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MUW student works for LGBT acceptance, understanding

 

Blossom Brown, a junior at Mississippi University for Women, has volunteered with the Human Rights Campaign for the past six months. Late last month she spoke at the HRC’s annual dinner in Washington, D.C., and her story will soon be featured in a HRC television advertisement.

Blossom Brown, a junior at Mississippi University for Women, has volunteered with the Human Rights Campaign for the past six months. Late last month she spoke at the HRC’s annual dinner in Washington, D.C., and her story will soon be featured in a HRC television advertisement. Photo by: Luisa Porter/Dispatch Staff

 

William Browning

 

 

For a long time, Blossom Brown hid. 

 

She was pulled toward dolls as a child. Her parents did not approve. So she would wait until no one was around, pull out a doll, and play, alone. 

 

In her teenage years, she wanted to wear women's clothing. They felt right. She knew her parents would not approve. So when she went out, she would leave home in men's clothes and change into women's in her car. Before returning, she would change back. 

 

Around the time she turned 20, though, and was living on her own in a Jackson apartment, Brown stopped hiding. She embraced who she was. She always identified as a woman, and began living the life she wanted. That was eight years ago. 

 

Today, Brown is a 28-year-old junior at Mississippi University for Women. She is a transgender woman. A transgender person is someone designated one gender at birth, but who identifies as the other.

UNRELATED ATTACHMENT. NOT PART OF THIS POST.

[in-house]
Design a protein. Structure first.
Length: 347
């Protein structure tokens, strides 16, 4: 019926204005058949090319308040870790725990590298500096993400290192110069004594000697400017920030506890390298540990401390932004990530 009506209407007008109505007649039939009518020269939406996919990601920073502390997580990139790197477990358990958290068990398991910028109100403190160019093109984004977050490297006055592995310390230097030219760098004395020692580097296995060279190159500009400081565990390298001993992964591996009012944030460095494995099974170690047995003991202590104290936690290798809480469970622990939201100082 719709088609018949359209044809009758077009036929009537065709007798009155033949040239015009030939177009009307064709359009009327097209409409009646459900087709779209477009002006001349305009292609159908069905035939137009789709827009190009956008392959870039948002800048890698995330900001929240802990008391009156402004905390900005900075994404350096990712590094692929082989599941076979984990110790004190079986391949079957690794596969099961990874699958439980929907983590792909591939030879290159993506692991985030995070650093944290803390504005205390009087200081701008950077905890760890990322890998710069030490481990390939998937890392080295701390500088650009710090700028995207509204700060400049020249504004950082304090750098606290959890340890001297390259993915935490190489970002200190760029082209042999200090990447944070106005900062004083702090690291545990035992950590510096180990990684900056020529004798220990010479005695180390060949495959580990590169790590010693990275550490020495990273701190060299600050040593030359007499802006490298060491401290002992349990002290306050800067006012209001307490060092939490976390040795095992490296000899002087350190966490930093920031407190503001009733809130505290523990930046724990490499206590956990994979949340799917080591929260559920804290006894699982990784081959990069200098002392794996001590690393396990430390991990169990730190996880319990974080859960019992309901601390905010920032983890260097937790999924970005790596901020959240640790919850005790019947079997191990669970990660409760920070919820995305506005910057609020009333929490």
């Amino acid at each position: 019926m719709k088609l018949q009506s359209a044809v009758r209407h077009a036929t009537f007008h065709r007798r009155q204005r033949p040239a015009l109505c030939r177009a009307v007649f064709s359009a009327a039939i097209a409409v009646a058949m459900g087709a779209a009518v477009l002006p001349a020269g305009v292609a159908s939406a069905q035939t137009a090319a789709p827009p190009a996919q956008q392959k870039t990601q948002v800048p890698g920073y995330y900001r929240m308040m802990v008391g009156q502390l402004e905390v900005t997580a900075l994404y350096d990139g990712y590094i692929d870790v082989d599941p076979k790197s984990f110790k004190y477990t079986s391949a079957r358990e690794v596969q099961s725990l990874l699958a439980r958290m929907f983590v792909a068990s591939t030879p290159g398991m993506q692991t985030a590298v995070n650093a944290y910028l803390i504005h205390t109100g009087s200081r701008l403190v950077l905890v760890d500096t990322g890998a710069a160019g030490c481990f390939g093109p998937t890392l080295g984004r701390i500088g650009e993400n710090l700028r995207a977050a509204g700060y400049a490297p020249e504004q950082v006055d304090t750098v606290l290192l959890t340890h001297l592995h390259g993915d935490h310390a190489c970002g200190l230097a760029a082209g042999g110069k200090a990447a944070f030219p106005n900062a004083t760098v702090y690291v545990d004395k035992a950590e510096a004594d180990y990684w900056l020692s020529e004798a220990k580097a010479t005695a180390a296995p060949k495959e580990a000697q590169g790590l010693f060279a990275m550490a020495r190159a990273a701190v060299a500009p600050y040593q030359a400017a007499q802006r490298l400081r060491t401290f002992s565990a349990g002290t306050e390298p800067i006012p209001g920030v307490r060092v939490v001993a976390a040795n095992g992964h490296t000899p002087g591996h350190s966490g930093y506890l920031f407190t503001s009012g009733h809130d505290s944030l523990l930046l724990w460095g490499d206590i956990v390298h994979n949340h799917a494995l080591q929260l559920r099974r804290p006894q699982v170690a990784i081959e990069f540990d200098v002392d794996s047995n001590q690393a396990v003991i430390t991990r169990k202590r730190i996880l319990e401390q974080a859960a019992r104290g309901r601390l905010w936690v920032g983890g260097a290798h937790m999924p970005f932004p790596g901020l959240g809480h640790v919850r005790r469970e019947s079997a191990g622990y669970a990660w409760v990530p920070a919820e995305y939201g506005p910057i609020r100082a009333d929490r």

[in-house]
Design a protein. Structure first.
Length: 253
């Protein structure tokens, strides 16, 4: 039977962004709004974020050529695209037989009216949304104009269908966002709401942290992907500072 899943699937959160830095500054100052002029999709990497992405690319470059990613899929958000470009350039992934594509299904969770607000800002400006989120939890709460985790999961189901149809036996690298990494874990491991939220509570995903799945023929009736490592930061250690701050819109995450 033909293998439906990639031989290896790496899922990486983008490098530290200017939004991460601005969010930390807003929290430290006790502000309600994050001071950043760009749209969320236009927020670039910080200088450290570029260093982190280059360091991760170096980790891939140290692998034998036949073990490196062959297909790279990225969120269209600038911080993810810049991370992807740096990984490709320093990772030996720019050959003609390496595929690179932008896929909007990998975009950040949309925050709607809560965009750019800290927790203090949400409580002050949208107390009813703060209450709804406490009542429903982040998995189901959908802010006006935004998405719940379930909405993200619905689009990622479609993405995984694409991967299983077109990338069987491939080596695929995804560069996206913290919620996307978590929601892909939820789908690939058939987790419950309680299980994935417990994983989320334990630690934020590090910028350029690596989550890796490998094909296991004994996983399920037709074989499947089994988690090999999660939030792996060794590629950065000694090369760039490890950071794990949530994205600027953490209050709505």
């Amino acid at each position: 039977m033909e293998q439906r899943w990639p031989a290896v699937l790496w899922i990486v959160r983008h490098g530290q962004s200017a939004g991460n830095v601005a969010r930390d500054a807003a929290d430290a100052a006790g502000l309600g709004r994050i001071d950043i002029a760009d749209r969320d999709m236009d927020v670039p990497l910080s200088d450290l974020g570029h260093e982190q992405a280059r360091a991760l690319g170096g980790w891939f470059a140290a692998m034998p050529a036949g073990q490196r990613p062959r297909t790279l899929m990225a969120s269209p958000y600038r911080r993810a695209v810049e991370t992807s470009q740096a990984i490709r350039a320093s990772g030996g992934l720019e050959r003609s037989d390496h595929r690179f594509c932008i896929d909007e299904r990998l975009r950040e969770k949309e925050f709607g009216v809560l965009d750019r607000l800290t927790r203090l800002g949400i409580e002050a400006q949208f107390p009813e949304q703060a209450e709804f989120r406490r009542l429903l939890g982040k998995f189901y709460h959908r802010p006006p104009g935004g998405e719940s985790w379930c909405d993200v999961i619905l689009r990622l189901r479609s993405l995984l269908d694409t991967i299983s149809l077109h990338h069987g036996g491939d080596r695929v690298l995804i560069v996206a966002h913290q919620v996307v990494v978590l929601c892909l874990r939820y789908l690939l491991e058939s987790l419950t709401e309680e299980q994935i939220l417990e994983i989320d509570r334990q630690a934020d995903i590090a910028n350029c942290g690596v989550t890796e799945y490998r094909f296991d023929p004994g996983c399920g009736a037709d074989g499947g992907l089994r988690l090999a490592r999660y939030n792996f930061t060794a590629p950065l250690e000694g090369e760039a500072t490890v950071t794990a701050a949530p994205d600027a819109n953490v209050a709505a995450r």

Brown, though, does not like labeling. It feels like reducing someone to words. No one is defined that easily. 

 

One day last week, while sitting in the Hogarth Student Union on MUW's campus, Brown said, "I just live my life." 

 

Part of her life is being an advocate for the lesbian, gay, bisexual and transgender, or LGBT, community. 

 

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For the last six months, Brown has volunteered with the Human Rights Campaign. It is a national advocacy organization that focuses on issues of LGBT Americans through education and political activities. 

 

Late last month, at the HRC dinner in Washington, D.C., the list of speakers included former President Bill Clinton, U.S. Attorney General Eric Holder and Blossom Brown. 

 

To get there, Brown, who was born in the Delta and grew up around Jackson, flew on an airplane for the first time. 

 

What she told the 3,500-plus crowd about was her struggle with gender identity. 

 

What she hopes is that her involvement with HRC can somehow help other transgender people not face the difficulties she has experienced. And still experiences. 

 

People can say hurtful things. 

 

"So many people are afraid of the unknown," Brown said. 

 

Just walking a sidewalk can be hard. Some people stare. Sometimes she tells herself it's because of her height. (Brown is 6 foot, 3 inches tall.) But no matter the reason, she just keeps moving forward, both literally and figuratively.